Ruma couldn't be immediately reached for comment. Beulah Park general manager Mike Weiss said he didn't know the status of the ban but believed Ruma and Smith, who serves on a Thoroughbred racing advisory committee in the state, would discuss it if Smith wanted to attend."I'm sure they'll talk it out," Weiss said.The Best of Ohio is a $330,000, five-stakes championship series for Ohio-breds. It is the centerpiece of this year's fall meet at Beulah Park.The Best of Ohio races are the $100,000 Endurance for 3-year-olds and up at 1 1/4 miles, the $60,000 Distaff for fillies and mares at 1 1/8 miles, the $60,000 Juvenile for 2-year-olds at 1 1/16 miles, the $60,000 Juvenile Fillies for 2-year-old fillies at 1 1/6 miles, and the $50,000 Sprint for 3-year-olds and up at six furlongs.The Best of Ohio was inaugurated in 1987 and as such was among the first of the championship days for state-breds in the country. It has been held at Beulah Park, River Downs, and Thistledown. Because of business declines at Ohio tracks, purses for the stakes have been reduced in recent years.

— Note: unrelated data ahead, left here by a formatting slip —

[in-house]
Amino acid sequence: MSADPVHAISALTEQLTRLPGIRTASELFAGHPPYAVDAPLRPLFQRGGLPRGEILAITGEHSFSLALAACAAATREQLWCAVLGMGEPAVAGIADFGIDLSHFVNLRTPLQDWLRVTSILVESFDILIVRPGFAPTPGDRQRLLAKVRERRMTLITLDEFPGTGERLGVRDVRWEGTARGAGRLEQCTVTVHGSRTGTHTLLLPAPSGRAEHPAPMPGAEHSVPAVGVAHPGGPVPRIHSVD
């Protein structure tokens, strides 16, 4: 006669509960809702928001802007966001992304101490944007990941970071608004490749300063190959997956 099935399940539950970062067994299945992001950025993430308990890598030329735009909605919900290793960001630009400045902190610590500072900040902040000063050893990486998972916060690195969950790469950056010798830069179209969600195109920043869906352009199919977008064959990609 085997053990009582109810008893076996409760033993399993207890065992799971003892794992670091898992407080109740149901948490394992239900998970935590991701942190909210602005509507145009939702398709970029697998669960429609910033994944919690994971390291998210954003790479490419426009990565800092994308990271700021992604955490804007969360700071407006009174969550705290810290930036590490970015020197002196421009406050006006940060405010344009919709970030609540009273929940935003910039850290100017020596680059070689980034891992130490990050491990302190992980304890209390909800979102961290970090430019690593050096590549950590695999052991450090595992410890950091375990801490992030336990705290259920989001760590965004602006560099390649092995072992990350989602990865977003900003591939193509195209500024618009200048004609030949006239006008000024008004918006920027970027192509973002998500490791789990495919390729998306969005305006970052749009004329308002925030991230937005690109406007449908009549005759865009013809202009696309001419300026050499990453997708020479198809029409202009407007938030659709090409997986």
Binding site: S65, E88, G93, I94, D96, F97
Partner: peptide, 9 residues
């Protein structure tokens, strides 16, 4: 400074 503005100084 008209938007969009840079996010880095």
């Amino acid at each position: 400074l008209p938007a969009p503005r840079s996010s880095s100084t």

Prominent Ohio owner/breeder George Smith, barred from Beulah Park when he categorized it as the worst of Ohio earlier this year, said he isn't sure whether he'll be on hand at the Grove City track Oct. 4 for the Best of Ohio championship series. Owner Charlie Ruma banned him this spring.During an Ohio Thoroughbred Breeders and Owners board meeting March 29, Smith said video lottery terminals could facilitate improvements at the state's racetracks. He said Beulah Park in particular needs a major facelift."I've never been on death row, but take a look at the décor at Beulah Park," Smith said at the meeting.After Smith's comments made the rounds, Ruma told the Cleveland Plain Dealer Smith had been barred from Beulah Park. "He embarrassed me on a national basis...Smith should have some sense of what it's like to race in the winter," said Ruma, who defended his plant.On Sept. 18, Smith, on his way to the Keeneland September yearling sale, said horses he bred or owned won or placed in stakes at Beulah Park after the ban was enacted. He said, however, he hasn't spoken to Ruma since that time and hasn't been at the track."I'd rather just drop the subject," said Smith, who owns Woodburn Farm in southwest Ohio in partnership with Dr. Wilbur Johnston. "I've got no reason to talk to Charlie Ruma. We've got enough problems in Ohio without talking about subjective things. When people all around us are getting money that we're not, that makes it rough."(Smith was referring to racetracks in neighboring West Virginia and other states that have purse accounts fueled by alternative gaming. Business at Ohio racetracks has declined in recent years, and through Sept. 6 of this year, total handle at the state's seven tracks was down $30 million, or 7.6%, from the same period a year ago, according to Ohio State Racing Commission figures.)Smith said he heard Ruma put the ban in writing. When asked if he might attend the Best of Ohio should a horse he owns or bred compete, Smith was noncommittal but later said with a laugh: "Maybe I'll see you there."